When I got the car back about 2 weeks later I was having dieseling problems every time I shut off the car it would buck and carry on like a bronco bucking his rider and ultimately ending in a explosion in the carb with a big smoke ball coming from the fresh air vents on the hood. I learned that if I stomped the gas pedal immediately that I could at least cut down the length of the event. This was something I only ever had happen once prior to the environmental upgrade and it was on a very hot day where I was making a lot of short hops these new ones where happening on 40 degree days with rain pouring down yet the car was getting hot enough to diesel this was every time I turned off the car.

The fans were still running contrary to my thinking when it was initially returned. As a test I turned on the A/C and immediately the large fan began spinning and as soon as I turned of the A/C the fan went off. This to me meant they were wired in backwards. I haven't gotten back to recheck them yet but a non-scientific watching them start told when the thermostat opened told me that something had been corrected. Now I have to verify that the large fan is set to run at 160.

Because of my body problems it's rare that I can get down on the ground and see what's what. In fact I can hardly bend over some days. But I was able to work on putting in my new digital temperature gauge which was forced on me because they had wrongly taken out the dedicated sensor for the Dakota Digital Fan Controller and replaced it with my gauge sensor and because the radiator wasn't refilled and low by almost a gallon it was the time to put the correct the temperature senders in the correct locations. My initial thought being that maybe it would fix the fan operation although that didn't turn out to be the case. I was able to get a connection to my temperature sensor to the gauge in the car so at least I had a gauge that I could read which was why the analog gauges had to go. Even marking the faces with a Sharpie I still couldn't read the actual numbers without pulling over and putting on my reading glasses a problem that was made worse the day I sat on my prescription sunglasses and was unable to have them repaired.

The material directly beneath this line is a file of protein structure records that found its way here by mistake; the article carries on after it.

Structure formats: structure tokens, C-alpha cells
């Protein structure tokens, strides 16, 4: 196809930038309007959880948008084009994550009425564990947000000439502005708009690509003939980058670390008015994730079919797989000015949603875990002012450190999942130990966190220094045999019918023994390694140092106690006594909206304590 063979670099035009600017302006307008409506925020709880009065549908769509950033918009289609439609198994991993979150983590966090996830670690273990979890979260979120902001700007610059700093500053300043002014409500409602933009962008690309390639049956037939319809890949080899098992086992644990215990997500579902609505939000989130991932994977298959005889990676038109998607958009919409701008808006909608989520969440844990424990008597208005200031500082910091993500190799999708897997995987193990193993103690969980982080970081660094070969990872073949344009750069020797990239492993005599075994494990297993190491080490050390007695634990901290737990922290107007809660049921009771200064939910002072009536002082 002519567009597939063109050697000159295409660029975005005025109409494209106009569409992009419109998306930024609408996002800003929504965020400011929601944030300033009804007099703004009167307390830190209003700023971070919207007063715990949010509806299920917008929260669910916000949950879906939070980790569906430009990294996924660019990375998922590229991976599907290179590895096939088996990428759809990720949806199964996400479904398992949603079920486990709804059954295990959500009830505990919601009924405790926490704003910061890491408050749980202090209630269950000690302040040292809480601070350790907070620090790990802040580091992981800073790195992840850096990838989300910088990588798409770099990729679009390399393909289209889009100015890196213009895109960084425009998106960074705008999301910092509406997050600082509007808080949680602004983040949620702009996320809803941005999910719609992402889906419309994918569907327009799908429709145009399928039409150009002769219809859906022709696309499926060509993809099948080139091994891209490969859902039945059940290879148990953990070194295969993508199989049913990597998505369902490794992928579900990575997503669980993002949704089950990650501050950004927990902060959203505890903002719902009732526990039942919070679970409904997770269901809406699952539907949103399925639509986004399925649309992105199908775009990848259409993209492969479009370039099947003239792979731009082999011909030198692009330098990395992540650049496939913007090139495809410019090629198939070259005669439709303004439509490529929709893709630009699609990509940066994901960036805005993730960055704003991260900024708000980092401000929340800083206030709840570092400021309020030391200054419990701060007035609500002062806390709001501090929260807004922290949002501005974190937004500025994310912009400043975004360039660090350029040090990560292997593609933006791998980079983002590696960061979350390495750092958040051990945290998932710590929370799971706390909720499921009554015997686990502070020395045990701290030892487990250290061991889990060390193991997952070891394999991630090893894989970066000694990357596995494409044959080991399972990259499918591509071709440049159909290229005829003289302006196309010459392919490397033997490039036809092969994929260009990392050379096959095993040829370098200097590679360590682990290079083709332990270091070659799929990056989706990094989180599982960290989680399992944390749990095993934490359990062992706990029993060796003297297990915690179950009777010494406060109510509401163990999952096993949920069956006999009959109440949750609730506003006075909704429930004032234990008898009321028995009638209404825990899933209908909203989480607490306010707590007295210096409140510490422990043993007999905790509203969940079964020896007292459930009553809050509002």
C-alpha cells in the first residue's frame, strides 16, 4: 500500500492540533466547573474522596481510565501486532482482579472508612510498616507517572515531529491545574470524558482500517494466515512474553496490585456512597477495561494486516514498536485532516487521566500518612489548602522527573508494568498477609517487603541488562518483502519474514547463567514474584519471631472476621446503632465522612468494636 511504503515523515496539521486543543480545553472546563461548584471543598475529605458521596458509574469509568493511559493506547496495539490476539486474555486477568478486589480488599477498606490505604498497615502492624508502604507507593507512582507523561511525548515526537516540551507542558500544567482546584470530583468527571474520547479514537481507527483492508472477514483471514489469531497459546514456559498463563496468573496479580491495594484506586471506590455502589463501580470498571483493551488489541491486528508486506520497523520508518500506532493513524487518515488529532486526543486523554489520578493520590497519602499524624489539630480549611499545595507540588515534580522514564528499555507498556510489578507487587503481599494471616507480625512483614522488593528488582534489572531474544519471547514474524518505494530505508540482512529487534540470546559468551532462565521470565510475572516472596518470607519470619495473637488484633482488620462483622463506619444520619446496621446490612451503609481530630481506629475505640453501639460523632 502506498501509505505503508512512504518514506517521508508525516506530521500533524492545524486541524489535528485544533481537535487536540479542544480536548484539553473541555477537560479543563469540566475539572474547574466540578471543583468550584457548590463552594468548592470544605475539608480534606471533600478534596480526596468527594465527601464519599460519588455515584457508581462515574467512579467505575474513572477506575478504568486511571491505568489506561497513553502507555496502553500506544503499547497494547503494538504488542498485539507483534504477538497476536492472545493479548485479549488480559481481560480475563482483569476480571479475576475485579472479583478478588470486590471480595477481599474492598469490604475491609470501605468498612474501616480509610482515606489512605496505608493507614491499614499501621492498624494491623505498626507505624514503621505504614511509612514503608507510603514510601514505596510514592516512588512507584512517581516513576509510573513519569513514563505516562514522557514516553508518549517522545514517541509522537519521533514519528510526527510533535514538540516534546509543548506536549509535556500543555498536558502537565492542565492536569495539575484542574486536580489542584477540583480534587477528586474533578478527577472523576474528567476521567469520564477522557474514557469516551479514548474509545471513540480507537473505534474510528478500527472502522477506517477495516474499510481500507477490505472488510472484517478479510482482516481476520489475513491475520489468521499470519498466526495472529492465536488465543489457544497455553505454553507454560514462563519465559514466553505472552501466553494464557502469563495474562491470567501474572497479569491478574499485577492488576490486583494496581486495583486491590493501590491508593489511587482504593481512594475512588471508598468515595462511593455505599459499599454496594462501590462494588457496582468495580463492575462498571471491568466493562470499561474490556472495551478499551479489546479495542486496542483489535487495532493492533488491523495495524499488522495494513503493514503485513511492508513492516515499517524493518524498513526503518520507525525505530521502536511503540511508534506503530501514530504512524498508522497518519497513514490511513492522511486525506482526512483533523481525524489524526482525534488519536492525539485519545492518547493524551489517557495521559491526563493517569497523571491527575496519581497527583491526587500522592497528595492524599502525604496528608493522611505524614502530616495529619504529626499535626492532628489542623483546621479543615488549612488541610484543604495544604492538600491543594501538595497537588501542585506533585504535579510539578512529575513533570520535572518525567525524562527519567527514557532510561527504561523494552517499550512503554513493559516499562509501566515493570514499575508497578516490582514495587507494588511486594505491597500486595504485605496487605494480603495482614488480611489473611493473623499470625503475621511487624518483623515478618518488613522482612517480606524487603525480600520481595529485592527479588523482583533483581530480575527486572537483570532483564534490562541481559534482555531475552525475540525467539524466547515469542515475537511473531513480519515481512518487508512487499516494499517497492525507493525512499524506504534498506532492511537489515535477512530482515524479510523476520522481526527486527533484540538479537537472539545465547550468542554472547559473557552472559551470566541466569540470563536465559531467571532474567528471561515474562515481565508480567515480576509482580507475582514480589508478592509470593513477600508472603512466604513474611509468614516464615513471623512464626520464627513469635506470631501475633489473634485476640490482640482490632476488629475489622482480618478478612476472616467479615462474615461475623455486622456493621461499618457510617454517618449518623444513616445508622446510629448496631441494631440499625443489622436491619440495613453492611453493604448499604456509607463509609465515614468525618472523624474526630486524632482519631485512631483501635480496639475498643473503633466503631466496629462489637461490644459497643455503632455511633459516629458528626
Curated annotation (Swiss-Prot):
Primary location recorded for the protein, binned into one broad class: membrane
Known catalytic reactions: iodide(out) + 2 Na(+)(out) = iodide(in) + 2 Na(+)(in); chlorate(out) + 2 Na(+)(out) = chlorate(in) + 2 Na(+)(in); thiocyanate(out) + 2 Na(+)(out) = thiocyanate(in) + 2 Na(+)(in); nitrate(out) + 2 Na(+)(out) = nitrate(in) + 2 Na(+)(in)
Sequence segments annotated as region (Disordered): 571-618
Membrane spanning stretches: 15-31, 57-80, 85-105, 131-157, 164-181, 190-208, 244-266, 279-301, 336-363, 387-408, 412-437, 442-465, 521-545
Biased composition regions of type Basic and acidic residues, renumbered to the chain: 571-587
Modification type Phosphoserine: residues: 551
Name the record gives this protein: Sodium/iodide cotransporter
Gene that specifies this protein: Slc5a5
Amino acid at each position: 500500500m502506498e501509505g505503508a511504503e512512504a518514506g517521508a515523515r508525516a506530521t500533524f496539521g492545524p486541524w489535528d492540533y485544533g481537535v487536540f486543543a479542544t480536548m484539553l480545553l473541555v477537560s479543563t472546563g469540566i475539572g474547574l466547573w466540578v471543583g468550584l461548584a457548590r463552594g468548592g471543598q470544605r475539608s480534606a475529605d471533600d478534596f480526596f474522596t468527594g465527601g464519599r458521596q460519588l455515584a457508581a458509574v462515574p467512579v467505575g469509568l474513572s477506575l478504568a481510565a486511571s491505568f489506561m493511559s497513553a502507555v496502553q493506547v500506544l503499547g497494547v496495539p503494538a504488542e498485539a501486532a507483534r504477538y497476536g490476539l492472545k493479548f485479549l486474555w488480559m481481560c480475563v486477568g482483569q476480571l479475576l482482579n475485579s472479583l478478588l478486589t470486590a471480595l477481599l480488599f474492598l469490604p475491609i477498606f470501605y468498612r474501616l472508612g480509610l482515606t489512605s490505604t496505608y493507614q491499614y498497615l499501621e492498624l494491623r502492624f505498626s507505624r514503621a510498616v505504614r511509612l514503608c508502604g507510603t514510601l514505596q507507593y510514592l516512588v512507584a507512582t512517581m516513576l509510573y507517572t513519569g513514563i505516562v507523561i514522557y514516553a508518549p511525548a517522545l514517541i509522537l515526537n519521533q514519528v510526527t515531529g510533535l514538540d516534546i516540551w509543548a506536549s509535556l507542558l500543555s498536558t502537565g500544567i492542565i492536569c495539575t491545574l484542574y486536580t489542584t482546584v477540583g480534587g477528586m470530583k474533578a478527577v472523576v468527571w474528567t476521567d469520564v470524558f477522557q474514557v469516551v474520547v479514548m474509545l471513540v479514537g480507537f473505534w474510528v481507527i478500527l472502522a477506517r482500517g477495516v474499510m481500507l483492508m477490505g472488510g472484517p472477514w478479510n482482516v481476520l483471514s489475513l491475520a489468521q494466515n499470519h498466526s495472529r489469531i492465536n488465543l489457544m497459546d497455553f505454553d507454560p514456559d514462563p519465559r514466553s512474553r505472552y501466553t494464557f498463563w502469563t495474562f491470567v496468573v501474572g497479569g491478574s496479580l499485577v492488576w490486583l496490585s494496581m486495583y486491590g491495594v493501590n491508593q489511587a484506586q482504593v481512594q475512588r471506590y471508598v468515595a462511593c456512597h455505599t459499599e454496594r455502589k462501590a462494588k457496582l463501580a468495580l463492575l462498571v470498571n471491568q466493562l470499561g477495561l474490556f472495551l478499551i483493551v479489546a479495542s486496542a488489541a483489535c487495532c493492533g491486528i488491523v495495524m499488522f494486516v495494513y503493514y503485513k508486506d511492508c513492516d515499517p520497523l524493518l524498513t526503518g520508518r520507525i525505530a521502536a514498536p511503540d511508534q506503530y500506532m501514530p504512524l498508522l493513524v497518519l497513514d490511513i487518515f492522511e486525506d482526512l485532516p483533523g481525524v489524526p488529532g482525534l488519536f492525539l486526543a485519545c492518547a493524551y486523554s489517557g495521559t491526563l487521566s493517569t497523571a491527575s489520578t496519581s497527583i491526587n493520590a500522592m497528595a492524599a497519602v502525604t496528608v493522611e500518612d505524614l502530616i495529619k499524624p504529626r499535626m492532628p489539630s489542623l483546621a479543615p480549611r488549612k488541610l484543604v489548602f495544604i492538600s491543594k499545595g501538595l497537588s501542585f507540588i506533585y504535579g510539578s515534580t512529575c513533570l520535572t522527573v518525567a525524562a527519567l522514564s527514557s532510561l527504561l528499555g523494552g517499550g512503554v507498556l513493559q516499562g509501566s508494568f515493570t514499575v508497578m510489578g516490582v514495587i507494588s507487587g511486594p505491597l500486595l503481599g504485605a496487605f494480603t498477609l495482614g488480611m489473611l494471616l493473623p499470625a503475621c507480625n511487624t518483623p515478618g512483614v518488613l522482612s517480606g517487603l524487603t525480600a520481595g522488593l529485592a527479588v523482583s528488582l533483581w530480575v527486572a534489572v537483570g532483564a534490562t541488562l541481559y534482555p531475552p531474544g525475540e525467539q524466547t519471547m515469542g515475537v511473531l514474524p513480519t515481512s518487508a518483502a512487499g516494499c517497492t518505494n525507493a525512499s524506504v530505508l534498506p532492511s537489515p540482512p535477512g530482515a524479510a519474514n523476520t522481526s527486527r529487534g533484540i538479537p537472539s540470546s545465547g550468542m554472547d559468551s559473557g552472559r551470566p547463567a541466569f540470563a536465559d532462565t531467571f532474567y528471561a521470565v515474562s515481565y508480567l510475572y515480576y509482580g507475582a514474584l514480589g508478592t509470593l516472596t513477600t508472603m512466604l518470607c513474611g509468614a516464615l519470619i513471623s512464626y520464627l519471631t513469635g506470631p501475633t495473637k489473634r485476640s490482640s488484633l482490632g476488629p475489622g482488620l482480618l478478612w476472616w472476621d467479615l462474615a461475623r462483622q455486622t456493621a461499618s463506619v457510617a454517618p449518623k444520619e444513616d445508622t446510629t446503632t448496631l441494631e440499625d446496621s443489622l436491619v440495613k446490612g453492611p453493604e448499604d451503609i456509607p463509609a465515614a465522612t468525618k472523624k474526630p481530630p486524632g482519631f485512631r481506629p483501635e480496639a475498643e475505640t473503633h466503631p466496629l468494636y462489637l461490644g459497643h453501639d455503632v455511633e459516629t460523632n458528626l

The next thing I noticed was that I was getting thick gray smoke out the tailpipes that would just hang in the air and make your eyes water which to me seemed like it was running rich although I didn't touch anything and wasn't going to until the installer went back and corrected some of these problems that had developed. My assumption was that they had not plugged a vacuum port when they removed the old system or had knocked one lose. I also had some white plastic lattice sitting behind the car and it was now covered with dark black spots as was the brick below. Something that had never happened before in the 15 or so years I have owned it.

I made a list of the problems I was experiencing thinking that the installer was going to know immediately what they had done or forgot to reconnect etc. But they hadn't detailed all the changes that they made. For example they found a hot wire running from the fuse box going across the front of the passenger compartment which they told me had several lines hanging off it as it went across the car so they took it upon themselves to rewire everything back to the fuse block not even knowing what they were rewiring and not having anything to do with the installation of the wire myself I didn't know what it might have affected or what might not be reconnected as a result of course the rough idling at startup with the additional miss on the passenger's side made me wonder if they had disconnected the electric choke. How many other things had they done without my knowledge? I had a specific list of things I wanted them to do in a specific order up to $100 but they didn't follow that doing what they wanted and ignoring what they wanted. What I knew was the car wasn't running as it had just 2 weeks prior.

Because of the distance from my home to this shop it was hard to get a ride to drop of the car to get it fixed and it took about a month to get it back. In that time the car had been driven twice. The first time was when I found out that the car was dieseling every time it was shut off and the 2nd time I had to take my neighbor to the hospital it was incredibly cold, in the 20's, and was having a rough time running.